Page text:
“This new MOU, [while] old in association, has a very productive objective to promote peace and stability to areas of the world that are under stress,” added Frederick E. Vollrath, assistant secretary of defense for readiness and force management.

Maj. Gen. Ilio Ciceri, Italy’s chief of staff of the Carbinieri General Headquarters, said the support and position of the United States has been a source of “immense pride” for his country.

Reflecting on critical moments of the Carabinieri deployments in peace support operations, Ciceri said the first Carabinieri intervention model was tried in the Balkans in the 1990s, marking the first shared experience with the United States.

It was also deployed in Albania and Kosovo, where it is still active, and in Iraq, he said, adding that it has become a specialized instrument supporting the coalition armed forces with police information gathering and public security.

Such experiences continued in Afghanistan, with the International Security Assistance Force mission, he said, by training and mentoring local police forces.

“The use of our training and deployment techniques in the theaters of operations has always enjoyed an extraordinary support and appreciation by U.S. commanders and by the highest political authorities and soldiers of your country,” he said.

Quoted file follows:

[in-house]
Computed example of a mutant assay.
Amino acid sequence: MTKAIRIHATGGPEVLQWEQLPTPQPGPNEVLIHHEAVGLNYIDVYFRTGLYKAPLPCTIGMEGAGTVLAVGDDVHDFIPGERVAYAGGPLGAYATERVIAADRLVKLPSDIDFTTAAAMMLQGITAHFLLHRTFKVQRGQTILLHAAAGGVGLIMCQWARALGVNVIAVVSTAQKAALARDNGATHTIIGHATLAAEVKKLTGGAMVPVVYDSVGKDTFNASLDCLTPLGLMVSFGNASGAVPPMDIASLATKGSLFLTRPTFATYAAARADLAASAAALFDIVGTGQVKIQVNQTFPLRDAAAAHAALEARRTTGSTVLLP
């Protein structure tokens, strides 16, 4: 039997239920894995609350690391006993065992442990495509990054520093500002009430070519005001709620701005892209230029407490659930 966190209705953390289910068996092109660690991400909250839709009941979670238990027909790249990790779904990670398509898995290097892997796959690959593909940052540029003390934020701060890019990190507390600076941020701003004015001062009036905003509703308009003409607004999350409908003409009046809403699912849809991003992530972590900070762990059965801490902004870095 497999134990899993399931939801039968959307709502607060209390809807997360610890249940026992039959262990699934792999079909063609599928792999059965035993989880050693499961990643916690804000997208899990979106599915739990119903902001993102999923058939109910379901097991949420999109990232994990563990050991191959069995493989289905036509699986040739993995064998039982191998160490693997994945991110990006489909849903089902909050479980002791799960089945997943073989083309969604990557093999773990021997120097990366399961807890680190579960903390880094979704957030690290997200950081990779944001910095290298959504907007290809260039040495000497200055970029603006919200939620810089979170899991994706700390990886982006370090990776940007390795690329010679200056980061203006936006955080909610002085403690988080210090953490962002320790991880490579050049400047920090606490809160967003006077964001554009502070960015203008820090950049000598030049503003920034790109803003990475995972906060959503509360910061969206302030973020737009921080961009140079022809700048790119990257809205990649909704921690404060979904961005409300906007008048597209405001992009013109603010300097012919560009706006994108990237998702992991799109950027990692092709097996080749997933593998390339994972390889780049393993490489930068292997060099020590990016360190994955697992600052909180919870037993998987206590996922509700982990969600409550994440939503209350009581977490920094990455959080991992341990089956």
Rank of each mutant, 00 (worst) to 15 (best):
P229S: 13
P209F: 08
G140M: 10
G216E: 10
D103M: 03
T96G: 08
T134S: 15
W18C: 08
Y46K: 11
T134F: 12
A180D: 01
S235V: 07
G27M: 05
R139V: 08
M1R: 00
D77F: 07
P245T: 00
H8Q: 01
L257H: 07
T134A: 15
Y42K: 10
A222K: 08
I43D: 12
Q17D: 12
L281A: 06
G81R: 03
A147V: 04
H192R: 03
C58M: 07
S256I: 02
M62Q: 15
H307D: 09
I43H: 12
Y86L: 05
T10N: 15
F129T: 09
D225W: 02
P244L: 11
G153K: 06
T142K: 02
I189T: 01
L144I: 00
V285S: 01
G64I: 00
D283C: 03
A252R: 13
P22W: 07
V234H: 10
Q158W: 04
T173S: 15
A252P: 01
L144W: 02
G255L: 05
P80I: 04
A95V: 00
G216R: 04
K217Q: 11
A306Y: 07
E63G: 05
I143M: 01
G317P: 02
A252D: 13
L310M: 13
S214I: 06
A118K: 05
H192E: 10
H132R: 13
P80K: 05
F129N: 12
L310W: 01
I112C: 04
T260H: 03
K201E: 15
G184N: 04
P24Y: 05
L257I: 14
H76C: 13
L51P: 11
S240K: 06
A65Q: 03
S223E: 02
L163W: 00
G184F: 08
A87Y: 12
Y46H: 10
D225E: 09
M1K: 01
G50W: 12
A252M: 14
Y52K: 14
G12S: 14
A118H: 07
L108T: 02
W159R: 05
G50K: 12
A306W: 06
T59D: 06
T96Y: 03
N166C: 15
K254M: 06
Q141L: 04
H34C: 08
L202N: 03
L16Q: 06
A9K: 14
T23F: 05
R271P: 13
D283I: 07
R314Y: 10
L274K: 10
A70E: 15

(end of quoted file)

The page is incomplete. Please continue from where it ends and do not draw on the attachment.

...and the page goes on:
The agreement lasts five years, and could be extended for another five.

Small world: Air Guard father controls airdrop released by his son

Click photo for screen-resolution imageBy Master Sgt. Scott Thompson
182nd Aircraft Wing

GRAYLING, Mich. (2/3/14) - As U.S. Air Force Senior Airman Nick Barth, a loadmaster with the 169th Airlift Squadron, Peoria, Ill., prepares a standard airdrop training bundle on a C-130 Hercules during Exercise Northern Strike on Aug. 6, 2013, he reflects on what his dad told him right before his deployment in support of Operation Enduring Freedom.

"Whenever you are re-supplying troops in the field, put a care package in the bundle that says 'for the JTAC only,'" said Nick Barth quoting his father.

Nick Barth's father is U.S. Air Force Master Sgt. Chuck Barth, a joint terminal air controller for more than 25 years with the 182nd Air Support Operations Group, Peoria, Ill. Chuck Barth knows all about how important those re-supply airdrop bundles are in the field. However, to receive a personal package only for the JTAC is like gold, he says.